No matter how incompetently presented, there is in these films a sense of straining against the ultimate emptiness of a Gap-ad world, and an urge to break through narrow definitions of female -- and male -- identity for something more. But, this being America, it'll cost you.
As of this past July, according to U.S. Census figures, more than 36 million people were living below the poverty line. Approximately 49 million Americans -- 20 percent of the population -- reported having trouble paying their rent or mortgages. The boom of horror films is, ultimately, most concerned with what Craven calls "the reality that's behind the skein" of the reported economic boom of the '90s.
Skal goes further: "Horror, in America, is inextricably wound up with the fear of economic disenfranchisement and social ostracism. Stephen King mines this territory endlessly. People seem to enjoy addressing these issues indirectly, through a rubber horror mask."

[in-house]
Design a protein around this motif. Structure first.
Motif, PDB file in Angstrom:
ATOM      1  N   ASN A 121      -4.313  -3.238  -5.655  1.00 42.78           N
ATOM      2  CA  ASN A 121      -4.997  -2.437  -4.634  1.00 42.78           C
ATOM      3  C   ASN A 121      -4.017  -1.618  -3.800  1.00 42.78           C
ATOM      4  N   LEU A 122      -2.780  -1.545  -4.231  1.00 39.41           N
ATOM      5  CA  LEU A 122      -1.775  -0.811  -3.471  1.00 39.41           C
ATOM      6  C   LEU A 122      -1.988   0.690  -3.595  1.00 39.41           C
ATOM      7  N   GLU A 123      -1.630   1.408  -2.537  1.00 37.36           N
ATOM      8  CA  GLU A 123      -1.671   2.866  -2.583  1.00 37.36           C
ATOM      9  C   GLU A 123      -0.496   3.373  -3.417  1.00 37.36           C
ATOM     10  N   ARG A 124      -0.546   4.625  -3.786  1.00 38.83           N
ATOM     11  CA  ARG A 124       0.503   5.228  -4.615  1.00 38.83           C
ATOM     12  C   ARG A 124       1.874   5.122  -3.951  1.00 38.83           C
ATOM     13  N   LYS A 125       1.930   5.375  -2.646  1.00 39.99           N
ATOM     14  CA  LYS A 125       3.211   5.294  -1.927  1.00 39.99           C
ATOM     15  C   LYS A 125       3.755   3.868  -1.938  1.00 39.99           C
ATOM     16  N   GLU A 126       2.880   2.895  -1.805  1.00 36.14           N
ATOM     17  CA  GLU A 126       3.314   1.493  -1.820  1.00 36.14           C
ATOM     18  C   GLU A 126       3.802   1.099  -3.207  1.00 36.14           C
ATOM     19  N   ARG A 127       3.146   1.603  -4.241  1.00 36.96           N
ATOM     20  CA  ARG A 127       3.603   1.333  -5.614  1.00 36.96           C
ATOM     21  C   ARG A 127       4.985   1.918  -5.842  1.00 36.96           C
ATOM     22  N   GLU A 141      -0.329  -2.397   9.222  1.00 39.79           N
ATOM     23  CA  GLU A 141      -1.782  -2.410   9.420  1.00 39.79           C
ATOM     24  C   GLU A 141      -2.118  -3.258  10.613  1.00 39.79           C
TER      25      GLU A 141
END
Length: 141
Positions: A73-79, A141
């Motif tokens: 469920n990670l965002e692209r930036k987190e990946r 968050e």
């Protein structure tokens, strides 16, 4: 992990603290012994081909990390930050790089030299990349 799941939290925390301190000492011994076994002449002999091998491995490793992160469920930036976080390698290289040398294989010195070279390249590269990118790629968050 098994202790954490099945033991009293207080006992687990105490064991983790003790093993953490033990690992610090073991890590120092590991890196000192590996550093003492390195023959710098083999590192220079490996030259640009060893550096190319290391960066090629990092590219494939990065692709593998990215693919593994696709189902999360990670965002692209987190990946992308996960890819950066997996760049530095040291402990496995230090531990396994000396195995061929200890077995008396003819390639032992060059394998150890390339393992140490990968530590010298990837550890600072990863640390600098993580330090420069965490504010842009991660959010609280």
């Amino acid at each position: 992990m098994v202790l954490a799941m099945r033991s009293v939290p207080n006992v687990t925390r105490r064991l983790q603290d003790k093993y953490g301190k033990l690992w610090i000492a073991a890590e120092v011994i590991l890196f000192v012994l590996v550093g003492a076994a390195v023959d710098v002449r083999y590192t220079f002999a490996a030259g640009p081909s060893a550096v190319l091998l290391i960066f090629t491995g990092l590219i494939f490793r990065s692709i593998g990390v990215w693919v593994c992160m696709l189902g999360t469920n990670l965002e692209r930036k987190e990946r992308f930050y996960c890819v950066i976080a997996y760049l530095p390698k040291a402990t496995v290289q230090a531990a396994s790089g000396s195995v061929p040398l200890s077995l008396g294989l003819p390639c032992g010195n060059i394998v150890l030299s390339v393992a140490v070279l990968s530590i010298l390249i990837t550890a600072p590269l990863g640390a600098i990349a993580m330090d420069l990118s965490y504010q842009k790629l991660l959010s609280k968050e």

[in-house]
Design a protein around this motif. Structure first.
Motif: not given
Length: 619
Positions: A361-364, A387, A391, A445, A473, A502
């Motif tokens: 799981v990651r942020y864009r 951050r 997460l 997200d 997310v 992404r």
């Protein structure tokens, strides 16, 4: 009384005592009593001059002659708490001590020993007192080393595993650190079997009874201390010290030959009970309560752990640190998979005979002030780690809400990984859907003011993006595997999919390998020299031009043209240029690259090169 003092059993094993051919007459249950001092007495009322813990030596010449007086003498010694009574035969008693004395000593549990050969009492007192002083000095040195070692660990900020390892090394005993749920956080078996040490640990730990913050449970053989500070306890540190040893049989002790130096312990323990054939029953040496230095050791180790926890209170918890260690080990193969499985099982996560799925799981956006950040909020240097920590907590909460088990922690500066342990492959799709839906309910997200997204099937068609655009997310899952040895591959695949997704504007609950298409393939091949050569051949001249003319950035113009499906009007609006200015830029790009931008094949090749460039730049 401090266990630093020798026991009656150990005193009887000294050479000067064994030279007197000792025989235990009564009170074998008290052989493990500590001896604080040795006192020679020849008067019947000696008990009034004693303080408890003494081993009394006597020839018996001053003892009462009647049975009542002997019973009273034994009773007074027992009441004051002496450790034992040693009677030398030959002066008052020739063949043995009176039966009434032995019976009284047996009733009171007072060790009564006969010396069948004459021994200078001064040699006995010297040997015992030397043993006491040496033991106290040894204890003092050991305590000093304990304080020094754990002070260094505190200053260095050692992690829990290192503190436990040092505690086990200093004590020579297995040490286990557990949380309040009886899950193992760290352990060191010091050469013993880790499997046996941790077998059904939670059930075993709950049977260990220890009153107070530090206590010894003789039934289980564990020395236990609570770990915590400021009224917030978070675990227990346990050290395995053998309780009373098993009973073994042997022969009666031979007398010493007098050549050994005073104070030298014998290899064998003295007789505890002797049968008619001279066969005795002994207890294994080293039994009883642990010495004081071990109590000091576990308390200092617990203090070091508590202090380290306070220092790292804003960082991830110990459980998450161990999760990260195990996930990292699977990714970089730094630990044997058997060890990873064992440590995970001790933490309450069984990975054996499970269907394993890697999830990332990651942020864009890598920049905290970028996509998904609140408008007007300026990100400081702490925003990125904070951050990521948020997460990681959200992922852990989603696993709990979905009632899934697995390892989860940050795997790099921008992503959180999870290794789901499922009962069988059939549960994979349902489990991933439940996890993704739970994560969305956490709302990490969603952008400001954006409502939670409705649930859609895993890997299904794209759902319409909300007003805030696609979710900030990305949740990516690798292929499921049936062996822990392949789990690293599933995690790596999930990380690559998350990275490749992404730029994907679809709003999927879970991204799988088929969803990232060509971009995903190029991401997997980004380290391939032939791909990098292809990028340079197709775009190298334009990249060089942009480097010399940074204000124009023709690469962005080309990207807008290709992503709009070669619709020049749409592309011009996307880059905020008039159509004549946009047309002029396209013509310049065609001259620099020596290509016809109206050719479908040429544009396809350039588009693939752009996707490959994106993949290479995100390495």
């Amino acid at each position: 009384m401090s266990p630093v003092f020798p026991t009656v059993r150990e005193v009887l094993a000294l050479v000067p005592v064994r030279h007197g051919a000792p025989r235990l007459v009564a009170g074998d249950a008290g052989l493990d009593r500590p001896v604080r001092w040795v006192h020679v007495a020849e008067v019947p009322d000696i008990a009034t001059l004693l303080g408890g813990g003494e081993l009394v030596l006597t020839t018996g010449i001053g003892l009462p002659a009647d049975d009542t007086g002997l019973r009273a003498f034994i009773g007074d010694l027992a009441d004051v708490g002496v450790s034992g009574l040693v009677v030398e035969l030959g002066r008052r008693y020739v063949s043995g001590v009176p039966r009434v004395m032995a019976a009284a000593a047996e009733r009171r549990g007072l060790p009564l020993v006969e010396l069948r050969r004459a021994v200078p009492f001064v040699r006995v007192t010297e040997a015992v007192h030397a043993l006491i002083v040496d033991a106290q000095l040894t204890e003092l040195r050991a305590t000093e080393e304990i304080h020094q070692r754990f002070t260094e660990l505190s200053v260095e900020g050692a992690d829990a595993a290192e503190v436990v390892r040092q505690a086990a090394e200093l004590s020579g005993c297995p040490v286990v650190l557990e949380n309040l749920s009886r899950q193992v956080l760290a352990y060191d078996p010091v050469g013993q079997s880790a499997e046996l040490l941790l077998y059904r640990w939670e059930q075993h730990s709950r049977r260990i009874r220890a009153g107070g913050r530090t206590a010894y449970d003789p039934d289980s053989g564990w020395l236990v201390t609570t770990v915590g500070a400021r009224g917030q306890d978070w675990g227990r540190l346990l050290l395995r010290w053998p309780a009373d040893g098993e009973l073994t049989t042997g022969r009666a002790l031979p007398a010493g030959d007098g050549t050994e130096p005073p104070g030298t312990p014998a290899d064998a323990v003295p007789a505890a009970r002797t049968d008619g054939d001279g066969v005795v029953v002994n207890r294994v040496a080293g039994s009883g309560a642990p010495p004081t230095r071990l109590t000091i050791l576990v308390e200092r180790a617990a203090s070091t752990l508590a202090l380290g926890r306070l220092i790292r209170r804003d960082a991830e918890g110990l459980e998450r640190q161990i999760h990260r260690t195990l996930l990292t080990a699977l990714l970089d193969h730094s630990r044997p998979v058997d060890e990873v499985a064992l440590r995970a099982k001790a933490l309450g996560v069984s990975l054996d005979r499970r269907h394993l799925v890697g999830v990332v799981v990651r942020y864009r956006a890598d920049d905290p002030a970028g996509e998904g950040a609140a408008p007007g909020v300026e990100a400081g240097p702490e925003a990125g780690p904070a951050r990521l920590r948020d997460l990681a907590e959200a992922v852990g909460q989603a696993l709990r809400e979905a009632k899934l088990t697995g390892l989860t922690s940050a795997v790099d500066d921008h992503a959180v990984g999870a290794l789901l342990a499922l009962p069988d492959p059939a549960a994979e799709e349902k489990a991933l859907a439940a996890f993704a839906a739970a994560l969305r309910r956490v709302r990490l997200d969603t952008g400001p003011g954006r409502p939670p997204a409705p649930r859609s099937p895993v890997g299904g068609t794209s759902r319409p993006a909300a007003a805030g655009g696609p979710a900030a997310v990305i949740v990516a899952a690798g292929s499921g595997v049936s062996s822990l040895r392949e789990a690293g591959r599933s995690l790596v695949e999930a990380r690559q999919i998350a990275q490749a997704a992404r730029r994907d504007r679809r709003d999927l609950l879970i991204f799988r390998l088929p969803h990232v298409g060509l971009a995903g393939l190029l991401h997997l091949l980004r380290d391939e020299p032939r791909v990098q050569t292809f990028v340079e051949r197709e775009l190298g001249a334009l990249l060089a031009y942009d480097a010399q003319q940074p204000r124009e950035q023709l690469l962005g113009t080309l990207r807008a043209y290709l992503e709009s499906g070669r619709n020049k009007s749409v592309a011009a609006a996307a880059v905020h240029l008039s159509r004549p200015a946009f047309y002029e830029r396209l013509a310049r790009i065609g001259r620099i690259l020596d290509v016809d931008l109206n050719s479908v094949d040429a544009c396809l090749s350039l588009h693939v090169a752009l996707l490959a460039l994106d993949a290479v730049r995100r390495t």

Without exception, 1999 horror films define their characters via economics. The upwardly striving couple played by Annette Bening and Aidan Quinn in "In Dreams" attempt to re-create a one-income nuclear family. Their efforts result in Quinn's character dying and Bening's losing her mind and her child. "The Sixth Sense" opens with Bruce Willis' character and his wife celebrating a career-enhancing moment, only to be attacked by a person who was an accidental victim of the doctor's rise to fiscal security. The mad-science plot devices of "Deep Blue Sea" and Bats are powered by greed or power-lust resulting in lower-income characters being gruesomely dispatched, while "The Haunting" creates a literal representation of the gulf between the haves and have-nots via its Gorey-meets-Getty mansion, a nearly phantasmagoric icon of unattainable wealth.